Date: 2018-11-16

Concept of God

(3,304 words)

Author(s): Brumlik, Micha
For the German-Jewish philosopher Hermann Cohen (1842-1918), the idea of God was an important theme throughout his life. In the concept, the two central reference points of his thinking, Kantian philosophy and Jewish religion, are intertwined. The idea of God as articulated by Kant, Kantianism, and Hermann Cohen is characterized by the fact that all metaphysical speculation is replaced by morality – an approach in which not a few Jews influenced by German culture recognized the deepest kinship between the voice from Sinai, known in the Jewish faith, and a philosophy based on reason. 1. I…
Date: 2018-11-16

Congress for Cultural Freedom

(3,441 words)

Author(s): Hacohen, Malachi H.
Transatlantic organization of the anticommunist intelligentsia during the peak of the Cold War. The Congress for Cultural Freedom (CCF), which existed from 1950 through 1967, aimed at countering postwar Soviet propaganda, exposing communism as totalitarianism, and promulgating pro-American liberal-democratic consensus in the West. Most of its members were liberal and socialist intellectuals, many of them of Jewish origin. In particular, these included emigrants from Central Europe who had belong…
Date: 2018-11-16

Congress of Berlin

(2,560 words)

Author(s): Kirchhoff, Markus
In 1878, as a consequence of the Russo-Turkish War of 1877–1878, the Congress of Berlin decided on territorial questions and the recognition of new states in Southeast Europe. The great event of European diplomacy was an occasion of Jewish initiatives to win over the gathered powers for the emancipation of Jews in the Balkans and especially in Romania. In fact, the Congress of Berlin predicated Romania's and Serbia's independence, as well as Bulgaria's autonomy on legal equality guaranteed to al…
Date: 2018-11-16

Congress of Vienna

(3,489 words)

Author(s): Kirchhoff, Markus
The Congress of Vienna in 1814/1815 is the first gathering in the history of modern states which specifically addressed the legal status of the Jews (Emancipation). This primarily concerned the German Confederation, newly founded in the course of the Congress. Its states retained their own regulations against the wishes of the leading representatives of the powers and were also allowed to withdraw rights previously granted to Jews under Napoleonic rule. In contrast, with the establishment of the…
Date: 2018-11-16

Conjoint Foreign Committee

(2,536 words)

Author(s): Levene, Mark
Committee founded in 1878 by British Jews that was concerned with representing Jewish interests in international politics. In the late 19th century, the Conjoint Foreign Committee made efforts to bring about legal equality for Jews in Eastern Europe in particular. Owing to its strictly anti-Zionist stance, in the run-up to the Balfour Declaration of 1917, it incurred the accusation within the British-Jewish elite of onesided and autocratic agitation and was obliged to temporarily suspend its wor…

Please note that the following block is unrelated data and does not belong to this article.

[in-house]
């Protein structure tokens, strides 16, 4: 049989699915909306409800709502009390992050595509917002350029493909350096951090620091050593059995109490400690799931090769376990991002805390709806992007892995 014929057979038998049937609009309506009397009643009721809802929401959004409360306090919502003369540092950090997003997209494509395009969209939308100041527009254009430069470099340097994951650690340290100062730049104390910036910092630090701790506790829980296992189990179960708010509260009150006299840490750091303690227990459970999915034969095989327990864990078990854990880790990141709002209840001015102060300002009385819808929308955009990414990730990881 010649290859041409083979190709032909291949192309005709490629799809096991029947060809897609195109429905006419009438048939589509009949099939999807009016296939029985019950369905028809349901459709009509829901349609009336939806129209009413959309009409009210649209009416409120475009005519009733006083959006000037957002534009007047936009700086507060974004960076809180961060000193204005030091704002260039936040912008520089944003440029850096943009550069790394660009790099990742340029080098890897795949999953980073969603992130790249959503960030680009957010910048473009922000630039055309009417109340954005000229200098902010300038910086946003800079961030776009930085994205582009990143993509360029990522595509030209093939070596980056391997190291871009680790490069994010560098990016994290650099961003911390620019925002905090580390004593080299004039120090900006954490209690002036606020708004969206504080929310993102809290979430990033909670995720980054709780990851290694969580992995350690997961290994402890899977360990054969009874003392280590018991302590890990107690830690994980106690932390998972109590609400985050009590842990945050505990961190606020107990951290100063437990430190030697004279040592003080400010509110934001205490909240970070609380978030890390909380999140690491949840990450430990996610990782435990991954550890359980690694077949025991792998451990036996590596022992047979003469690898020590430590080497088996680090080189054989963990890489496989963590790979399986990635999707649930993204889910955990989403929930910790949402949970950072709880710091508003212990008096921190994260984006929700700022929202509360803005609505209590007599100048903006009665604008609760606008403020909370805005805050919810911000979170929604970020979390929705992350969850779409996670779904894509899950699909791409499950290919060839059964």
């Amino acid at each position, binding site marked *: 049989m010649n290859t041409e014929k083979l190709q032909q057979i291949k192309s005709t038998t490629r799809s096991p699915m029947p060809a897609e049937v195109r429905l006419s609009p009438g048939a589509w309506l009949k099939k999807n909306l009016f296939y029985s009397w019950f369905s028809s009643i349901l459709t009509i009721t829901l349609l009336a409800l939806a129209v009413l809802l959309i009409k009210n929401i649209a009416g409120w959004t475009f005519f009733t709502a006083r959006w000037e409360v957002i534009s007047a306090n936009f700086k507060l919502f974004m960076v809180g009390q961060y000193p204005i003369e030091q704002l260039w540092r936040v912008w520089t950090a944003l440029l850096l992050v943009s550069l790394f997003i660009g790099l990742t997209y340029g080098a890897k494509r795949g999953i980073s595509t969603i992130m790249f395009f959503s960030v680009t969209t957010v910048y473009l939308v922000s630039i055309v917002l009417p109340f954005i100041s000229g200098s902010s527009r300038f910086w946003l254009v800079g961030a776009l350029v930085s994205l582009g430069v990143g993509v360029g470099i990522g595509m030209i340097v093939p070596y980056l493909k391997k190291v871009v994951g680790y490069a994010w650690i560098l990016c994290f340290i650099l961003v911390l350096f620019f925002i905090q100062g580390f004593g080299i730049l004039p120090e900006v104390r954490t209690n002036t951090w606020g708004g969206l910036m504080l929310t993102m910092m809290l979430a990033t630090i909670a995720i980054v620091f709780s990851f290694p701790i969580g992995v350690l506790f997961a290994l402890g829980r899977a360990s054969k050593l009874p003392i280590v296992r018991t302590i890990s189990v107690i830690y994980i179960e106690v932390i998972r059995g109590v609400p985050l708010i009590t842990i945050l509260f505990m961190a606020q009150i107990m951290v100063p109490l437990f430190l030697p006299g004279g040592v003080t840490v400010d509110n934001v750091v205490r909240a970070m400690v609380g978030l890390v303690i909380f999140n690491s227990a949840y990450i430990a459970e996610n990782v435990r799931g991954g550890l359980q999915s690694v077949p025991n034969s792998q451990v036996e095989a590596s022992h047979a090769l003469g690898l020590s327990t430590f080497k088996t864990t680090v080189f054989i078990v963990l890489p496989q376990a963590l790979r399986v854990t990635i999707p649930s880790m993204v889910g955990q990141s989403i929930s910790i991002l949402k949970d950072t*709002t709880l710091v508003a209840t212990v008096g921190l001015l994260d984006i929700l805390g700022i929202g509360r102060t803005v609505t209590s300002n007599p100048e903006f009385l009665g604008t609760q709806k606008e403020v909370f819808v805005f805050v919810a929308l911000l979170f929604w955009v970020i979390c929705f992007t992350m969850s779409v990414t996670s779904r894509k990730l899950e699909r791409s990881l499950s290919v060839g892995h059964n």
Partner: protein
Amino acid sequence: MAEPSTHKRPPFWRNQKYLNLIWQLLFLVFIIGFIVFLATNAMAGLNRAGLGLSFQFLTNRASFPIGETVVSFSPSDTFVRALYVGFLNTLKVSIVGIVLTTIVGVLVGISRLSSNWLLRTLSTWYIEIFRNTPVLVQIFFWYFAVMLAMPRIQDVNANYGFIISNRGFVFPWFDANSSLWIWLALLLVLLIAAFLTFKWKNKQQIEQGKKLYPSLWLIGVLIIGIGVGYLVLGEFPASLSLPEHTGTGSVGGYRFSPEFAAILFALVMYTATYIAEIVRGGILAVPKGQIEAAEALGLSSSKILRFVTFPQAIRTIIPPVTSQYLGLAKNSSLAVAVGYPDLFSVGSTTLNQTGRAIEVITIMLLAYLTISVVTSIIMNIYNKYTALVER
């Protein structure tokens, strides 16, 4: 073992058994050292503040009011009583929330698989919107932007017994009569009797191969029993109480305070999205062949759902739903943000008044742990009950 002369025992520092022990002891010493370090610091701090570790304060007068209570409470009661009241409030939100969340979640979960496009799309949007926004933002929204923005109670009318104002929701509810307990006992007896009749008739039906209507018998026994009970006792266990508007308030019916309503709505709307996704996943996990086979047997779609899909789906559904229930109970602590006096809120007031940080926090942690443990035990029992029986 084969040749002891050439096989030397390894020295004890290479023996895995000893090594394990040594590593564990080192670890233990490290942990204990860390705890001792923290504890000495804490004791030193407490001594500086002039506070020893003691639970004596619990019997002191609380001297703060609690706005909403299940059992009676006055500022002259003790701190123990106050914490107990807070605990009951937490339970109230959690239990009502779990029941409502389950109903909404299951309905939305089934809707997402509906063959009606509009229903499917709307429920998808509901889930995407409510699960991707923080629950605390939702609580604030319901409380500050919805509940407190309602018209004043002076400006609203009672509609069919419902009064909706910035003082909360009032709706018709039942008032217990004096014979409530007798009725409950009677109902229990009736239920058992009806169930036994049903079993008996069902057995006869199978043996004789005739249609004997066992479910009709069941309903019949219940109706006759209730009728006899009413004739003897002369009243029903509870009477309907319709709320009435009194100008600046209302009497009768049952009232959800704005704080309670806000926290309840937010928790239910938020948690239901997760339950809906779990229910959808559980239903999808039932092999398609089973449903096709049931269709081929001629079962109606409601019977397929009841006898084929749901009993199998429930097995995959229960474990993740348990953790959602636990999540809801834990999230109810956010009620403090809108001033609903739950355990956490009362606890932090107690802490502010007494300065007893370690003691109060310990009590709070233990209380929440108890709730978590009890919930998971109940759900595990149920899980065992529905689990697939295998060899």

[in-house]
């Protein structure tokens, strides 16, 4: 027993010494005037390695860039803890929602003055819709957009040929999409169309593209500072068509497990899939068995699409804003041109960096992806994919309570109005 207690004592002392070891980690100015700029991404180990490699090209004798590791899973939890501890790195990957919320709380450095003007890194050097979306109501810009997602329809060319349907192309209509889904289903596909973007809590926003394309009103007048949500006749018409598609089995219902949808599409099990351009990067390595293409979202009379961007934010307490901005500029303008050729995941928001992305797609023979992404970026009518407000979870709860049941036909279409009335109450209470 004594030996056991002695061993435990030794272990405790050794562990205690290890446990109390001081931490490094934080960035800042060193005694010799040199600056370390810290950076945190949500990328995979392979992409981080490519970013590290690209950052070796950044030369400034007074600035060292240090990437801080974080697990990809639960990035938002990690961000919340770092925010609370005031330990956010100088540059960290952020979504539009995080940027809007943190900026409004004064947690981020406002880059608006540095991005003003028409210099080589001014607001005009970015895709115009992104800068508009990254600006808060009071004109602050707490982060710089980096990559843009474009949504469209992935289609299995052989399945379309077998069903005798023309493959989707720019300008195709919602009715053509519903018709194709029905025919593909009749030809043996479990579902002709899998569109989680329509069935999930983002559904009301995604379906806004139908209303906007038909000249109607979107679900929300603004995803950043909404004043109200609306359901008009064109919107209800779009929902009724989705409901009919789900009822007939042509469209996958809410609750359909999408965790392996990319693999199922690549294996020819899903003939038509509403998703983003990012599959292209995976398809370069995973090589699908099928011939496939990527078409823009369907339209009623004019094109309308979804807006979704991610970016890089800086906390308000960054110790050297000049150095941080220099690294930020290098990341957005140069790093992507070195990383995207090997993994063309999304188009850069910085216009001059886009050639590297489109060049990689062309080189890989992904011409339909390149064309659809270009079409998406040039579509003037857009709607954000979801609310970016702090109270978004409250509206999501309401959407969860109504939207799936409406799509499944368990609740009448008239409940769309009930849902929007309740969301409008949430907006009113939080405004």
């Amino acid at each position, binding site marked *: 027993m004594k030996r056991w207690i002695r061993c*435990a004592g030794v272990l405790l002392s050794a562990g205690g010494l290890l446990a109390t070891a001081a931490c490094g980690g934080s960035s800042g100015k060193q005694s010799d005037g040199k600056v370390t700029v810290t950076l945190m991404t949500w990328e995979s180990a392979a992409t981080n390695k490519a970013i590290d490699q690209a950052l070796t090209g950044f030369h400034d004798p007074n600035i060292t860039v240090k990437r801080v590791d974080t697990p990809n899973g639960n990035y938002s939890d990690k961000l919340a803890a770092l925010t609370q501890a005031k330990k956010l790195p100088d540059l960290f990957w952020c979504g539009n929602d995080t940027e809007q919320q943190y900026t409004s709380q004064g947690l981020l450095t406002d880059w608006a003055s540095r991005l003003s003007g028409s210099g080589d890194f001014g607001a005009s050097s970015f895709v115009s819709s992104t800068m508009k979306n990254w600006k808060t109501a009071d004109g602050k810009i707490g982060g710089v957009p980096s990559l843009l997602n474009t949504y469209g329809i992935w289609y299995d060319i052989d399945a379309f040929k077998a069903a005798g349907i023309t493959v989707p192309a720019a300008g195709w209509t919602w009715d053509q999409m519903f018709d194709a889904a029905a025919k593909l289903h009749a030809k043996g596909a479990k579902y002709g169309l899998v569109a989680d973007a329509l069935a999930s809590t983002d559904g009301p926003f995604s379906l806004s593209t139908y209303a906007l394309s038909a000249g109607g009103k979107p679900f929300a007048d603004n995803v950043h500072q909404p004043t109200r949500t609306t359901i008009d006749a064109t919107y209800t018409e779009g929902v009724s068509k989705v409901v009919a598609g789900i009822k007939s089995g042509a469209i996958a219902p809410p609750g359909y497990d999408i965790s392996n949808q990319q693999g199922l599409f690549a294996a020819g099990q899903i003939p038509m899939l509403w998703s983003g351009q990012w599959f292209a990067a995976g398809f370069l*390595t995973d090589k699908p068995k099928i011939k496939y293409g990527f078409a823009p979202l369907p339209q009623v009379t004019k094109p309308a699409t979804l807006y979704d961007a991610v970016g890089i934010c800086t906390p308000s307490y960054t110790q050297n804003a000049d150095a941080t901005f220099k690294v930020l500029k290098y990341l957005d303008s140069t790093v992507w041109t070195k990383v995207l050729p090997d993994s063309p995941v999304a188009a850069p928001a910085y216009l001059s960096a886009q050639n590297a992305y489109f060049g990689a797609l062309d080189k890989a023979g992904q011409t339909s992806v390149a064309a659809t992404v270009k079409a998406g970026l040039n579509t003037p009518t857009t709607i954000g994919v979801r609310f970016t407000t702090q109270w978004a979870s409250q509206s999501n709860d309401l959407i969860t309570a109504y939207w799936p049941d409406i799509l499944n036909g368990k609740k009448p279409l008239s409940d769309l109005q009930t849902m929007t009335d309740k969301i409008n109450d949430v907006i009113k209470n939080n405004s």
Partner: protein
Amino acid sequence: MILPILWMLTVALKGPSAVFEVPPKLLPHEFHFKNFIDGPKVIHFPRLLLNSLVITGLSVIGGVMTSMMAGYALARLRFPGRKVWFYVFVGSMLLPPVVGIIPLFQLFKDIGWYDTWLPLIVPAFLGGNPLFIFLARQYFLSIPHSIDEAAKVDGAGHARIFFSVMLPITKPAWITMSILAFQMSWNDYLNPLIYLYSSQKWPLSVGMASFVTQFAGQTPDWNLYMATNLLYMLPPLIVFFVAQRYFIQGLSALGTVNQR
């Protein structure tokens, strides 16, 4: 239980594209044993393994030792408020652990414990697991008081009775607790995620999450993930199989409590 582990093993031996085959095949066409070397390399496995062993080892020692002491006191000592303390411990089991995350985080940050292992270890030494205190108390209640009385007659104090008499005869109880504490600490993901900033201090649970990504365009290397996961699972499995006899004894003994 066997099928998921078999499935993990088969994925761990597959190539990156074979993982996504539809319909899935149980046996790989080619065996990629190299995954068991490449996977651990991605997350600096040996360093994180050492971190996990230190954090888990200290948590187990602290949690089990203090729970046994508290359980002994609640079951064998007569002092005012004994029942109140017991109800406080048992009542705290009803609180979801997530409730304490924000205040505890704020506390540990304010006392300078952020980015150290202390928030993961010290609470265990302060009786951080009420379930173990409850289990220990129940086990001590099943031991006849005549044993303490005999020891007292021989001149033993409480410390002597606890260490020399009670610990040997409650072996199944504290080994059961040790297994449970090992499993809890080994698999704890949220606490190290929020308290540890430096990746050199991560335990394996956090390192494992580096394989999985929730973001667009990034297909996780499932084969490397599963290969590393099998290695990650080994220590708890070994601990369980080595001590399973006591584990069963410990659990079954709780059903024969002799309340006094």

Date: 2018-11-16

Conservative Judaism

(3,260 words)

Author(s): Ariel, Yaakov
The Conservative Judaism movement emerged in the last two decades of the 19th century in the United States and was intended as a traditionally oriented alternative to Reform Judaism. This conservative religious movement had its roots in mid-19th-century Germany. With its efforts to strike a balance between tradition and progress, Conservative Judaism exerted an ever-increasing power of attraction over the children and grandchildren of the Jewish immigrant generation. Over the course of the 20th …
Date: 2018-11-16

Conspiracy

(4,490 words)

Author(s): Diner, Dan
Central motif in the modern ideology of antisemitism which explains world events as the result of alleged secretive machinations conducted by Jewish agents. The complex social realities of modernity, which are not well understood, are thus reduced to a conspiracy and projected onto Jews. The idea of an all-controlling conspiracy at work behind the scenes can generally be observed where traditional forms of communal organization are impacted by accelerating developments that are felt to be intole…
Date: 2018-11-16

Conversion

(2,774 words)

Author(s): Endelman, Todd M.
In the modern era, conversion from Judaism to Christianity occurred less from religious conviction than for social reasons. It sprang from the desire for access to areas from which Jews were excluded because of legal requirements or certain traditions. Because conversions were mostly made from such secular motivations, they always reflect the legal status of the Jews, their social position, their aspirations, and their expectations of the future. 1. Emancipation and EnlightenmentDespite the spread of the Enlightenment ideas of tolerance, the decline of the ancien r…
Date: 2018-11-16

Conversos

(2,504 words)

Author(s): Graizbord, David
In the late Middle Ages and early modern era, Jews in Spain and Portugal were repeatedly forcibly converted to Christianity. These Conversos and their descendants, in their own self-perception and that of others, constituted a unique ethnic-religious group. From the beginning of the 16th century on, they began to emigrate into European and overseas trade centers to escape social discrimination and persecution by the Inquisition. In their new homes, the majority reverted to Judaism. The Conversos…
Date: 2018-11-16

Copper House

(1,480 words)

Author(s): von Borries, Friedrich | Fischer, Jens-Uwe
The copper house is a prefabricated house system of the Hirsch Copper and Brass Works, developed in the final stages of the Weimar Republic. The external facade and the roof of the prefabricated houses are made of copper. In 1931/1932, the architect Walter Gropius (1883-1969) was also involved in this project. After the insolvency of the works in 1932 the distribution of the newly founded German Copper House Company continued, but was discontinued again 1934. In total, up to 100 copper …
Date: 2018-11-16